* Dollar index near 3-year low as Mnuchin comments vibrate
* Dollar also losing investment edge
TOKYO, Jan 29 (Reuters) - The dollar wobbled near three-year lows against a basket of major currencies on Monday, struggling to pull ahead from six straight weeks of losses amid its evaporating yield advantage and doubts about Washington's commitment to a strong currency.
The dollar's index against a basket of six major currencies stood at 89.059, having fallen to as low as 88.429, a three-year nadir on Thursday.
U.S. Treasury Secretary Steven Mnuchin gave U.S. currency bears a major boost last week with a tacit endorsement of a weak dollar. While President Donald Trump tried to row back from those comments, the damage had already been done and the dollar's downturn since November showed little sign of abating.
The greenback is also losing its relative yield attraction for investors. Short-term interest rates are expected to rise in other countries as the European Central Bank and many others start to scale back their easy monetary policy.
U.S. equities have one of the most expensive valuation in the world, prompting investors to look for better bargains elsewhere.
Against the yen, the dollar fetched 108.72 yen, its lowest levels since mid-September, extending its fall so far this month to over three percent.
Comments from Bank of Japan Governor Haruhiko Kuroda in Davos that the central bank is finally close to the inflation target sparked expectation of an exit from its massive stimulus.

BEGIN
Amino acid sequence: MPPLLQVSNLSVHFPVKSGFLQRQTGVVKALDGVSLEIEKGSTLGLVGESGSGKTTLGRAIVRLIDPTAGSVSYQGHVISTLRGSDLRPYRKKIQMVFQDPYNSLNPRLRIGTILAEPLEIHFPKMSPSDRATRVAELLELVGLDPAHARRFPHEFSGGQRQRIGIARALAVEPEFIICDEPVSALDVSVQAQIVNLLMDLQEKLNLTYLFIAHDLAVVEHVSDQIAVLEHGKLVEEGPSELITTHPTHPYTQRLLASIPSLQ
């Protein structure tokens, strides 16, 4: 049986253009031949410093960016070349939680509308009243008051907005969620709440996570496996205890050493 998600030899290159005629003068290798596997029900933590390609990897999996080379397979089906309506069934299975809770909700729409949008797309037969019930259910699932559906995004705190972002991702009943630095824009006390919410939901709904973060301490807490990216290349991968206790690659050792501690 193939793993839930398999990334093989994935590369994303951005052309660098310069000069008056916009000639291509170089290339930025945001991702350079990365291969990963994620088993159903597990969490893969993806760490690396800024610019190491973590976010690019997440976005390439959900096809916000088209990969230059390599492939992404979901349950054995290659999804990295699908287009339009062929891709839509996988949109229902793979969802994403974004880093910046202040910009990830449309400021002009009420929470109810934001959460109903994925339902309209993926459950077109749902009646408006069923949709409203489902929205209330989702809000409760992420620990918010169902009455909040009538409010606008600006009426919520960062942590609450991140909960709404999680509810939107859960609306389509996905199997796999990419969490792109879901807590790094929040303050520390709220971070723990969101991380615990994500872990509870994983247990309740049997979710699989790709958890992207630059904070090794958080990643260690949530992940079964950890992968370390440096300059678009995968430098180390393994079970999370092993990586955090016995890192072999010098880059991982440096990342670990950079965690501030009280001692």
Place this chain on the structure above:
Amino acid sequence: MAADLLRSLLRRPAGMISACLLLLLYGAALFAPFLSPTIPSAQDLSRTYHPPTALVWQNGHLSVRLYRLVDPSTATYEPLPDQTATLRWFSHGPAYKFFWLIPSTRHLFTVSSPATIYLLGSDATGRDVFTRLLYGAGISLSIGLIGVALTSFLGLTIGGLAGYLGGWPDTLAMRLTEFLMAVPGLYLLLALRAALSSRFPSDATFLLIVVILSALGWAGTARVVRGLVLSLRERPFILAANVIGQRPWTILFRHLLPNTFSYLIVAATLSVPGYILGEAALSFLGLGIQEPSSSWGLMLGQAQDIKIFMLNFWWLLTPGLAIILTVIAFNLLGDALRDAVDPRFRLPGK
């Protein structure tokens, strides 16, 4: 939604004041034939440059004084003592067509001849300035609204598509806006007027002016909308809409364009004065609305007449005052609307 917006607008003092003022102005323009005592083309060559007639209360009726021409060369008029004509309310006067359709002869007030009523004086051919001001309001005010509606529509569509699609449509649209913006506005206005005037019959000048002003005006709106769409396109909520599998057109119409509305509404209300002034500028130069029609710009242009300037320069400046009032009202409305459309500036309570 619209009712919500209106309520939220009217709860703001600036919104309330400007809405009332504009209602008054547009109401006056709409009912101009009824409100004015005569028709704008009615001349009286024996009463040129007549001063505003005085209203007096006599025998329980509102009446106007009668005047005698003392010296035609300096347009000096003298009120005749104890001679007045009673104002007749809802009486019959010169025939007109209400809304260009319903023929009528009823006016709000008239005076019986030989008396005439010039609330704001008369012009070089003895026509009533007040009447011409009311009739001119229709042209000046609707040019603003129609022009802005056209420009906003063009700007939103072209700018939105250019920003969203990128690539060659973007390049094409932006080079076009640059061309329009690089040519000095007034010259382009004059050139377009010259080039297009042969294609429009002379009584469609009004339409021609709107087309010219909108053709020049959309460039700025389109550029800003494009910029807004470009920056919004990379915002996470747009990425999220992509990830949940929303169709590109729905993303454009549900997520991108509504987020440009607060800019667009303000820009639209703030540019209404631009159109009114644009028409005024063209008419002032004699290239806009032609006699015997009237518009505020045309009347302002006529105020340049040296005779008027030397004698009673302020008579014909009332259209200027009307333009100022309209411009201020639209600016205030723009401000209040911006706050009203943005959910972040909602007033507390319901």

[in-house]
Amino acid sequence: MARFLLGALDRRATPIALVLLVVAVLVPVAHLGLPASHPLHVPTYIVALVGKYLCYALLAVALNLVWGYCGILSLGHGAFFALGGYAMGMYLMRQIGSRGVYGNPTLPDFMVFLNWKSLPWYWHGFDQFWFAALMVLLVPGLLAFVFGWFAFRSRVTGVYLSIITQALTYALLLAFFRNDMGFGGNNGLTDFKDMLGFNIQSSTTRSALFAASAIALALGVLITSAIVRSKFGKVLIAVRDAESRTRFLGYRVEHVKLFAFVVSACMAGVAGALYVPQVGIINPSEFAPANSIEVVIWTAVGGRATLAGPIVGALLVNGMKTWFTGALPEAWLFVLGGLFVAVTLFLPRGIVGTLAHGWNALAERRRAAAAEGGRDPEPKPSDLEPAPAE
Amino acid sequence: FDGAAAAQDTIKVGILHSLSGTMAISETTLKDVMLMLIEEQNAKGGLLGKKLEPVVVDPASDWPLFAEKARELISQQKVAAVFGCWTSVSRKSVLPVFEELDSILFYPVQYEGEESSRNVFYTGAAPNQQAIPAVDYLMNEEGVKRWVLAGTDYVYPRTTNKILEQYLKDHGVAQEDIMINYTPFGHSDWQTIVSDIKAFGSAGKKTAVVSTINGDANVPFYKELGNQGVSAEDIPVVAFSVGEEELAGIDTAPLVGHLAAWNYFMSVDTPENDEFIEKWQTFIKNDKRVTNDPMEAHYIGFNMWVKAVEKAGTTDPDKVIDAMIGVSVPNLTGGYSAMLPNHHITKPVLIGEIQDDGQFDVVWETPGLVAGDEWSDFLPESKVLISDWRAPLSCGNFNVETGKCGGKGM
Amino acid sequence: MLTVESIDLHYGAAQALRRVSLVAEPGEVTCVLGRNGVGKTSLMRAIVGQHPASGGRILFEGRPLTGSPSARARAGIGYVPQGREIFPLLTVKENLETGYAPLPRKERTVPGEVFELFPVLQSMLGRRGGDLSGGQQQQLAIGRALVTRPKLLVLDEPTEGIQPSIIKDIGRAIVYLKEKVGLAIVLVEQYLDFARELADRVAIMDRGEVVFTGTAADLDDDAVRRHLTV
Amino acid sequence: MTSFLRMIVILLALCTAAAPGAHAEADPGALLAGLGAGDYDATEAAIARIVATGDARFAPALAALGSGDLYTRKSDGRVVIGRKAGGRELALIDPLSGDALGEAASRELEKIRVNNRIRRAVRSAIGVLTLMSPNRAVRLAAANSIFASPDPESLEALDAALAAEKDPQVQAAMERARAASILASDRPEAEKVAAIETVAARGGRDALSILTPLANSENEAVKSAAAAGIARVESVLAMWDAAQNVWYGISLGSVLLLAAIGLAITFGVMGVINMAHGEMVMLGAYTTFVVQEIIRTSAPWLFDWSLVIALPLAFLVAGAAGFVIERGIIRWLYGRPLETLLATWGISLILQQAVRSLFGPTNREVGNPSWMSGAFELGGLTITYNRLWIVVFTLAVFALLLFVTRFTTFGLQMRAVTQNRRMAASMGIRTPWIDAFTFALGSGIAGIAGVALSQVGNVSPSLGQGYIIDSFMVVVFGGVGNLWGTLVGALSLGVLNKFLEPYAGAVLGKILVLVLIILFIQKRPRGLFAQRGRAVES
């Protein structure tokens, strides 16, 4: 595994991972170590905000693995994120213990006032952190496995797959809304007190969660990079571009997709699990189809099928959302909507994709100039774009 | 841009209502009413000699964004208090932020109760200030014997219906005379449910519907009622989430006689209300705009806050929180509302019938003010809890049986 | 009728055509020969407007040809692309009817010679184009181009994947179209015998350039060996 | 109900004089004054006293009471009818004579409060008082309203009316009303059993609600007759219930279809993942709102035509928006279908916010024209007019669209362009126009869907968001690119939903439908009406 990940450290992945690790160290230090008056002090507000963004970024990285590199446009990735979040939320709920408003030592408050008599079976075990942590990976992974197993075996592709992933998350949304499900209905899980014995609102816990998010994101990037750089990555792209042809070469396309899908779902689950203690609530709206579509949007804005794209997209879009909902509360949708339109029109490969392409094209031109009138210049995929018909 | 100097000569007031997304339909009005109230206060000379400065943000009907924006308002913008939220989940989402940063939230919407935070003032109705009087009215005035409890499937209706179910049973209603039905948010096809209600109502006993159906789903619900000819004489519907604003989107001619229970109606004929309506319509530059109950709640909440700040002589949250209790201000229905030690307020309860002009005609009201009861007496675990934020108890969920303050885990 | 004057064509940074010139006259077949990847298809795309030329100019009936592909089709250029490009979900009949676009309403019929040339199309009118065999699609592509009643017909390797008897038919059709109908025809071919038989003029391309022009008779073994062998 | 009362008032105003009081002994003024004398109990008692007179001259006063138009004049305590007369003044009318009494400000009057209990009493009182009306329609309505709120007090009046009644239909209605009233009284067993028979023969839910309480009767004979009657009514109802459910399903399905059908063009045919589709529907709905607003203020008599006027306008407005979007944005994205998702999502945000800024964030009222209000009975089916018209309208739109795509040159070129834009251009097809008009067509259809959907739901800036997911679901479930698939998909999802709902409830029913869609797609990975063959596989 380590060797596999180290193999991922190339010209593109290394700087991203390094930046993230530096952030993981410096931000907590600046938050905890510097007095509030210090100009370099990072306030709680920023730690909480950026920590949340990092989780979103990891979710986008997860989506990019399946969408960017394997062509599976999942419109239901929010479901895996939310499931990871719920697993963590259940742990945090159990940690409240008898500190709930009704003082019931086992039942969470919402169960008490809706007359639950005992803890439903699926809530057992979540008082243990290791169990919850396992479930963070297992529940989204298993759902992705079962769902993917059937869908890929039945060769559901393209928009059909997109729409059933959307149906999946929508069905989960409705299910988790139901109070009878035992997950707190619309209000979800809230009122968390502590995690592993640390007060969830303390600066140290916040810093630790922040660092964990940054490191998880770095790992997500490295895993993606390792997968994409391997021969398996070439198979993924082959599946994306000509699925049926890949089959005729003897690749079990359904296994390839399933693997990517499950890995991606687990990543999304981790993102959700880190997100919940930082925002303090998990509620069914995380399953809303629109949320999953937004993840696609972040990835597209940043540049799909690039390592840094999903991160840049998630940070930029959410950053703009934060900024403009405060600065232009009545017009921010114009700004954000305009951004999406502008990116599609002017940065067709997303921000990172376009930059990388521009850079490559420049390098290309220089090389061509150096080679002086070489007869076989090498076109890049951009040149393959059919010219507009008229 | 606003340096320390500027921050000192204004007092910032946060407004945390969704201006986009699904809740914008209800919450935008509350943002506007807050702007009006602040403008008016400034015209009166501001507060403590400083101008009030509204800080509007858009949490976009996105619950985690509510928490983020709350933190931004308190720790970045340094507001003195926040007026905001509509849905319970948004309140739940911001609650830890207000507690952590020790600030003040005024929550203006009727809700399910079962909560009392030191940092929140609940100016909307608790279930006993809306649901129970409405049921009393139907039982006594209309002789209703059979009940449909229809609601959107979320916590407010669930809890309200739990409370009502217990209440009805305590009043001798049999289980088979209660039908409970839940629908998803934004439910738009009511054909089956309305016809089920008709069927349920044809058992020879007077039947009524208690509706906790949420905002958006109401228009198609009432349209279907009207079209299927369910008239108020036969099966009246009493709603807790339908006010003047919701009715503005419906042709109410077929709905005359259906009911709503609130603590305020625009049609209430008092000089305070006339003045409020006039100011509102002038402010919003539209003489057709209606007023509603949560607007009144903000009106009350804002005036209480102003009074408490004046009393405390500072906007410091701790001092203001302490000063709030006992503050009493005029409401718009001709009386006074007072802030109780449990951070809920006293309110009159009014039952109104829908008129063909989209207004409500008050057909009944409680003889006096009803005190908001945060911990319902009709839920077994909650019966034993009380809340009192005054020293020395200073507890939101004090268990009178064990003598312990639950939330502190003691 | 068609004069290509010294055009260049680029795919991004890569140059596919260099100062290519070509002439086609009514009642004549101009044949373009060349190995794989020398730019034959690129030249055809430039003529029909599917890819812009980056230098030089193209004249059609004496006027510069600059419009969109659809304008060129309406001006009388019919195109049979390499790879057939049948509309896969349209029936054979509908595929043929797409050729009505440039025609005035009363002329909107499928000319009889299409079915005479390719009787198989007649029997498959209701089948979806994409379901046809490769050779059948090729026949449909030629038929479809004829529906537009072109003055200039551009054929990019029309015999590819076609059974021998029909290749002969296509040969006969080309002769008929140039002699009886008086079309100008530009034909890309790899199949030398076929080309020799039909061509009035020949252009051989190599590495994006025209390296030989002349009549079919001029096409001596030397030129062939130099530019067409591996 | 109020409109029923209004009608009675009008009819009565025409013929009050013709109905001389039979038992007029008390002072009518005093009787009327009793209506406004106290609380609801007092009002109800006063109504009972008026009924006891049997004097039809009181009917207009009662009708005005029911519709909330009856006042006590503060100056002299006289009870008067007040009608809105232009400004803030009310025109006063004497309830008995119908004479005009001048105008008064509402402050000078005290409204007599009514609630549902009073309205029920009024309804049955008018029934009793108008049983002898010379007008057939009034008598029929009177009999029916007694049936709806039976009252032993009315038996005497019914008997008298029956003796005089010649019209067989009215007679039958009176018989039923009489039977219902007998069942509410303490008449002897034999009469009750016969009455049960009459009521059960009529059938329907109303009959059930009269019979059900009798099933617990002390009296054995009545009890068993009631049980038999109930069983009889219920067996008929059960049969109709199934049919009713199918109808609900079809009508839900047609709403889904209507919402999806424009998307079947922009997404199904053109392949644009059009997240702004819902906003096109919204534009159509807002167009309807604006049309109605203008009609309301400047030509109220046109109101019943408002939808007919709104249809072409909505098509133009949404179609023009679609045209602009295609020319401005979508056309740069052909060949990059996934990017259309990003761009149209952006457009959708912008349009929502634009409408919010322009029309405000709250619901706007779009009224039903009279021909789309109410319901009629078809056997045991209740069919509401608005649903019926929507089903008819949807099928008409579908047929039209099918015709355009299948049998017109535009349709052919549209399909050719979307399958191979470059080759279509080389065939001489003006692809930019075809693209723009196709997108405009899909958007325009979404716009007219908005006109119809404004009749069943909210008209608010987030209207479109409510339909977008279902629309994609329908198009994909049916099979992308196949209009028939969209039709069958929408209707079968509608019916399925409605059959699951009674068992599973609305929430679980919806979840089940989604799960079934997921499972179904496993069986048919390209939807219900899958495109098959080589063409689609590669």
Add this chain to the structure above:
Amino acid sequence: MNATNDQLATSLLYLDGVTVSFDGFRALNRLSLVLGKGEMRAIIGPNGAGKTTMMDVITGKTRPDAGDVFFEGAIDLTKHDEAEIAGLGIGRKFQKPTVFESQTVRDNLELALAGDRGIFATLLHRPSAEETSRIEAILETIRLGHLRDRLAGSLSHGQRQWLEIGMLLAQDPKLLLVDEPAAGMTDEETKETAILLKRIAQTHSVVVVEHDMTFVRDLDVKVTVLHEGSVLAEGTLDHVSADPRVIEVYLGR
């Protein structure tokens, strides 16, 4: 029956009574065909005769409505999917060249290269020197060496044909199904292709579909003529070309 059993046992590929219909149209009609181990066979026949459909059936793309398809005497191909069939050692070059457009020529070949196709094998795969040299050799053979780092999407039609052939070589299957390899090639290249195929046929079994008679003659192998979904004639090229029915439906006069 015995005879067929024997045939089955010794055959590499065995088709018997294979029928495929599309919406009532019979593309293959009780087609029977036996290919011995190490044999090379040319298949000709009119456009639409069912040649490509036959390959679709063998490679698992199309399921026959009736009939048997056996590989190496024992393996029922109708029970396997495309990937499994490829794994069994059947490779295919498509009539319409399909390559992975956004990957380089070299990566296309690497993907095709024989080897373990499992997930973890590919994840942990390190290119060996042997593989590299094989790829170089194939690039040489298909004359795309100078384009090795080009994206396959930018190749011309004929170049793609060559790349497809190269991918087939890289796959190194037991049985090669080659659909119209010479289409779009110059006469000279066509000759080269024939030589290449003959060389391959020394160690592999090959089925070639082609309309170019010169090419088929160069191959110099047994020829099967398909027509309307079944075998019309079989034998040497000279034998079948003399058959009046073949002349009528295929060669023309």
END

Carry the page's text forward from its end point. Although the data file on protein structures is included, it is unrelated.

The yen pared back some of its gain after a BOJ spokesman said Kuroda was merely repeating the central bank's official view.
Yet, it showed how sensitive the market is to any slightest hint that the BOJ is on the cusp of unwinding its stimulus.
"Many foreign players are now betting on a BOJ policy change. The dollar/yen has no major support if it falls below its September low of 107.32. A break of that level probably means a shift to new trading range," said Yukio Ishizuki, senior strategist at Daiwa Securities.
The euro traded at $1.2428, not far from its three- year peak of $1.2538 touched on Thursday, and maintaining its upward momentum after last week's gain of 1.7 percent, its sixth consecutive week of rise.
Still, its failure over the past couple of days to stay above $1.25 is seen by some traders as a sign of fatigue.
Data from U.S. financial watchdog Commodity Futures Trading Commission showed speculators' net long position in the euro/dollar futures traded in Chicago rose to a record high, suggesting that profit-taking could be on the cards.
The Australian dollar held firm at $0.8109 after hitting a 20-month peak of $0.8136 on Friday.
The Chinese yuan gained 0.2 percent early on Monday in offshore trade to 6.3157 yuan per dollar, near Thursday's 6.2968, which was its strongest since August 2015, when Beijing effectively devalued the yuan suddenly. (Editing by Shri Navaratnam)